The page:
Optimal testing in a fixedeffects functional analysis of variance model
 International Journal of Wavelets, Multiresolution and Information Processing
, 2004
"... We consider the testing problem in a fixedeffects functional analysis of variance model. We test the null hypotheses that the functional main effects and the functional interactions are zeros against the composite nonparametric alternative hypotheses that they are separated away from zero in L 2no ..."
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Cited by 6 (4 self)
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We consider the testing problem in a fixedeffects functional analysis of variance model. We test the null hypotheses that the functional main effects and the functional interactions are zeros against the composite nonparametric alternative hypotheses that they are separated away from zero in L 2norm and also possess some smoothness properties. We adapt the optimal (minimax) hypothesis testing procedures for testing a zero signal in a Gaussian “signal plus noise ” model to derive optimal (minimax) nonadaptive and adaptive hypothesis testing procedures for the functional main effects and the functional interactions. The corresponding tests are based on the empirical wavelet coefficients of the data. Wavelet decompositions allow one to characterize different types of smoothness conditions assumed on the response function by means of its wavelet coefficients for a wide range of function classes. In order to shed some light on the theoretical results obtained, we carry out a simulation study to examine the finite sample performance of the proposed functional hypothesis testing procedures. As an illustration, we also apply these tests to a reallife data example arising from physiology. Concluding remarks and hints for possible extensions of the proposed methodology are also given.
Variance Function Estimation in Multivariate Nonparametric Regression
, 2006
"... Variance function estimation in multivariate nonparametric regression is considered and the minimax rate of convergence is established. Our work uses the approach that generalizes the one used in Munk et al (2005) for the constant variance case. As is the case when the number of dimensions d = 1, an ..."
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Cited by 4 (0 self)
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Variance function estimation in multivariate nonparametric regression is considered and the minimax rate of convergence is established. Our work uses the approach that generalizes the one used in Munk et al (2005) for the constant variance case. As is the case when the number of dimensions d = 1, and very much contrary to the common practice, it is often not desirable to base the estimator of the variance function on the residuals from an optimal estimator of the mean. Instead it is desirable to use estimators of the mean with minimal bias. Another important conclusion is that the first order differencebased estimator that achieves minimax rate of convergence in onedimensional case does not do the same in the high dimensional case. Instead, the optimal order of differences depends on the number of dimensions.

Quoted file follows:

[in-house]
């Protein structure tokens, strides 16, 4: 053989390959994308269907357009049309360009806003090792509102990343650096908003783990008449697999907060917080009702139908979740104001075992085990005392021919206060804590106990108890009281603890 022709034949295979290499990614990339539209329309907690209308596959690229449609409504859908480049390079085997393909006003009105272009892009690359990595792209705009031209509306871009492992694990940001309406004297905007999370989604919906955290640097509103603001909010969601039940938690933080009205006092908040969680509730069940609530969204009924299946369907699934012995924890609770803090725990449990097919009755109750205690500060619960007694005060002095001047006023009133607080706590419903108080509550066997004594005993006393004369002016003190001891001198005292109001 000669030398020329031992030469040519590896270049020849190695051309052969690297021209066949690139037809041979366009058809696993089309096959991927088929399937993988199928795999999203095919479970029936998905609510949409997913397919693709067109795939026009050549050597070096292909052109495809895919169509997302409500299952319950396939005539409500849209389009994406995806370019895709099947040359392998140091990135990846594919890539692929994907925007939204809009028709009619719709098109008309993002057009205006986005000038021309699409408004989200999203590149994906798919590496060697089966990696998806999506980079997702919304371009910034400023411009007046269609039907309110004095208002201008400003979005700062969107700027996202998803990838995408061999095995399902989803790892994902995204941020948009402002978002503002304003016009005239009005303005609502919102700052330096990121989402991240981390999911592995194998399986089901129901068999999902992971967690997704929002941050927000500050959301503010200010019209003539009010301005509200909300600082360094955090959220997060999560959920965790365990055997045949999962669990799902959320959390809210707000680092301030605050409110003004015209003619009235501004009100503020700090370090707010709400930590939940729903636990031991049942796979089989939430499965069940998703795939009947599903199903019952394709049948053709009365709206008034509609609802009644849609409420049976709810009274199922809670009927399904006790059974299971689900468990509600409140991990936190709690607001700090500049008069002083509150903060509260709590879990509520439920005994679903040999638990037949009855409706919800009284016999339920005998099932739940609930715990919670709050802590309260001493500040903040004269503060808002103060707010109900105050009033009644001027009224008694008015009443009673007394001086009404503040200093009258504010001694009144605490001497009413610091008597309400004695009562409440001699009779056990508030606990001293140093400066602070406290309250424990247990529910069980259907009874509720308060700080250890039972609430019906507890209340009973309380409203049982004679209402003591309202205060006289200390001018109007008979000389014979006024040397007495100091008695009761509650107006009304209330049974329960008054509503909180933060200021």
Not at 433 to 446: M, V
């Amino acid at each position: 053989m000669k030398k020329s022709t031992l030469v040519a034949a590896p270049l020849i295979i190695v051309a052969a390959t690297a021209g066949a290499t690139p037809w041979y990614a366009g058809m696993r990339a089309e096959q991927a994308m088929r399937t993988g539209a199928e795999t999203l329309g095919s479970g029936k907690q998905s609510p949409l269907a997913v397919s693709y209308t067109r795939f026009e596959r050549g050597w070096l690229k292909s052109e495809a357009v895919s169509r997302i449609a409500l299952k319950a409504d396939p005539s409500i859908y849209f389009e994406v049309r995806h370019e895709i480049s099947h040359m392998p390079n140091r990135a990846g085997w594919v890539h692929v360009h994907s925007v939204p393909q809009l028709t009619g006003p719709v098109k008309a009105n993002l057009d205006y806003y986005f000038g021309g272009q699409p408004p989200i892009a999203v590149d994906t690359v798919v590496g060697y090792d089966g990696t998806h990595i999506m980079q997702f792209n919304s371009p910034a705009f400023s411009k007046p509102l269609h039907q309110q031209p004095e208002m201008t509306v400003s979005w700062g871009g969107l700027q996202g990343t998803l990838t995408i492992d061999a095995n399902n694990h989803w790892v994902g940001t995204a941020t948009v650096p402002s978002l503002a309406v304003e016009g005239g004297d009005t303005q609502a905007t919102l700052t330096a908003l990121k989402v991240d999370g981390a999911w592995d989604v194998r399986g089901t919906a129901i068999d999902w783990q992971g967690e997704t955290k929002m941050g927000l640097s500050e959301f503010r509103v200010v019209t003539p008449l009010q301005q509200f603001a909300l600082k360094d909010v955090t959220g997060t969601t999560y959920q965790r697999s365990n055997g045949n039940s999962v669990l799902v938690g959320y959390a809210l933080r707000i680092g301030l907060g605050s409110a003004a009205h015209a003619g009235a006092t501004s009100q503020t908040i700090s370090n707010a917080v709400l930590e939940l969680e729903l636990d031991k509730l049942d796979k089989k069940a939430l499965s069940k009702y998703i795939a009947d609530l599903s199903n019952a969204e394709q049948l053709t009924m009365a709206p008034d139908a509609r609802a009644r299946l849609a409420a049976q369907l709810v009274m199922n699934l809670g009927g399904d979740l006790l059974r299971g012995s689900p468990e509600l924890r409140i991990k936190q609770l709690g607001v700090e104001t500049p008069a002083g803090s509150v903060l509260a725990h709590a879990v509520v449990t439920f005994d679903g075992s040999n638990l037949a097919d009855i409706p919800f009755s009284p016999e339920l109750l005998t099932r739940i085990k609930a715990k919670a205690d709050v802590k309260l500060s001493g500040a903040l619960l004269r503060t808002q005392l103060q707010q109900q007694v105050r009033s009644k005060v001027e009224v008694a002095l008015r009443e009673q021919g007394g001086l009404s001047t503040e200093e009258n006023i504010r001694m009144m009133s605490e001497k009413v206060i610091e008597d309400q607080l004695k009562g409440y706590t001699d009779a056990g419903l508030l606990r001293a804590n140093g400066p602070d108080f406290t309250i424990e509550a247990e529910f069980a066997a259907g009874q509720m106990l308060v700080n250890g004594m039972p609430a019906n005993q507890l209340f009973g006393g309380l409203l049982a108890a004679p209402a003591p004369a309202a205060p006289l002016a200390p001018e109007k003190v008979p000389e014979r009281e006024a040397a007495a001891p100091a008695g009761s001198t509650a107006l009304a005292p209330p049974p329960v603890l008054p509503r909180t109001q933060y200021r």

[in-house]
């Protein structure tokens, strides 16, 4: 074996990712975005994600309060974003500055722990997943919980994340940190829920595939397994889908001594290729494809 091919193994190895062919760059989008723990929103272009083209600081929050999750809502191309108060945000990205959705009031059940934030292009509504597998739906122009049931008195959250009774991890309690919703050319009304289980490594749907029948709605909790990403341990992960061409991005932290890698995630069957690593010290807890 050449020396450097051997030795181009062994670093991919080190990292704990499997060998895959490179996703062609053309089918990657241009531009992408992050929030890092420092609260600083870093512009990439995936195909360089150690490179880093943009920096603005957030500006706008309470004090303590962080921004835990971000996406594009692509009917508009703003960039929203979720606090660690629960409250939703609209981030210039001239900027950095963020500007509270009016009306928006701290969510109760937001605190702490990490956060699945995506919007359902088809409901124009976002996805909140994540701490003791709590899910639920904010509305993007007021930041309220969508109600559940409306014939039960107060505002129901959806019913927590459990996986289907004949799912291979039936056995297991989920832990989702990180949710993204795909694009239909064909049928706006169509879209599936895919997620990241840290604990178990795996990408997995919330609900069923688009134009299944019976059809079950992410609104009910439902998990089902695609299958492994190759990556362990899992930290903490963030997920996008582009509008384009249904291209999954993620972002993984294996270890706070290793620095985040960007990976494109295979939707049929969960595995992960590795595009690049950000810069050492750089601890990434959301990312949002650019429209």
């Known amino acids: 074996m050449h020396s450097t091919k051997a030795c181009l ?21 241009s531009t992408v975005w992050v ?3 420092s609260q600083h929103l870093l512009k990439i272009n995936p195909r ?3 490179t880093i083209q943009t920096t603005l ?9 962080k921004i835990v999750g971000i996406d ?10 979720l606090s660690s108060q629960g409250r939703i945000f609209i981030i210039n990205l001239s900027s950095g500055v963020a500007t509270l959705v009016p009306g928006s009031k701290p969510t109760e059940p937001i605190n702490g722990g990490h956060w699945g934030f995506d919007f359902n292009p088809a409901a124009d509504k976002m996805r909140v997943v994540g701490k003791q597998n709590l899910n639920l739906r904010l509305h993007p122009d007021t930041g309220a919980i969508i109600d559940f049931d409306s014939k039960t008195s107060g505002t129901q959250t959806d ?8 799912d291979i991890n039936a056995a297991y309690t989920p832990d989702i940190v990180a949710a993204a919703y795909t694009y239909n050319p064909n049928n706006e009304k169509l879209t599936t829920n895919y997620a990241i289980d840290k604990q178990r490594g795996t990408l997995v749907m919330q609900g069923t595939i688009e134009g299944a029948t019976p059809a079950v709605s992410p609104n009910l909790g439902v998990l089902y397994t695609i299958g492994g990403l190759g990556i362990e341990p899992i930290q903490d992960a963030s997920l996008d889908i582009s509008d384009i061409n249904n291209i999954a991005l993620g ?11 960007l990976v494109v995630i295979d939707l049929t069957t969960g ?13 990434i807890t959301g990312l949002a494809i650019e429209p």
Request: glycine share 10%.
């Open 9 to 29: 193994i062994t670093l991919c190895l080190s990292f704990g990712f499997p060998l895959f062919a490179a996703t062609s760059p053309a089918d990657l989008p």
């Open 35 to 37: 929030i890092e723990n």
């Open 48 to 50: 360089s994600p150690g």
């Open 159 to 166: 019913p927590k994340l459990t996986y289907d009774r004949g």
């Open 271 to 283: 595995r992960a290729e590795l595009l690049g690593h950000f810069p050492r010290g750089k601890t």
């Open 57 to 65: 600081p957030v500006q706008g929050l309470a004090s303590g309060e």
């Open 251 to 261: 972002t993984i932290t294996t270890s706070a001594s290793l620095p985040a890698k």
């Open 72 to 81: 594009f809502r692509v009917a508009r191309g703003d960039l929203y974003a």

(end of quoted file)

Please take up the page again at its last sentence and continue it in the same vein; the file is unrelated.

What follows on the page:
Testing For Monotonicity Of A Regression Mean Without Selecting A Bandwidth
, 1998
"... . A new approach to testing for monotonicity of a regression mean, not requiring computation of a curve estimator or a bandwidth, is suggested. It is based on the notion of `running gradients' over short intervals, although from some viewpoints it may be regarded as an analogue for monotonicity test ..."
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Cited by 4 (3 self)
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. A new approach to testing for monotonicity of a regression mean, not requiring computation of a curve estimator or a bandwidth, is suggested. It is based on the notion of `running gradients' over short intervals, although from some viewpoints it may be regarded as an analogue for monotonicity testing of the dip/excess mass approach for testing modality hypotheses about densities. Like the latter methods, the new technique does not suffer difficulties caused by almostflat parts of the target function. In fact, it is calibrated so as to work well for flat response curves, and as a result it has relatively good power properties in boundary cases where the curve exhibits shoulders. In this respect, as well as in its construction, the `running gradients' approach differs from alternative techniques based on the notion of a critical bandwidth. KEYWORDS. Bootstrap, calibration, curve estimation, Monte Carlo, response curve, running gradient. SHORT TITLE. Testing for monotonicity. 1 The man...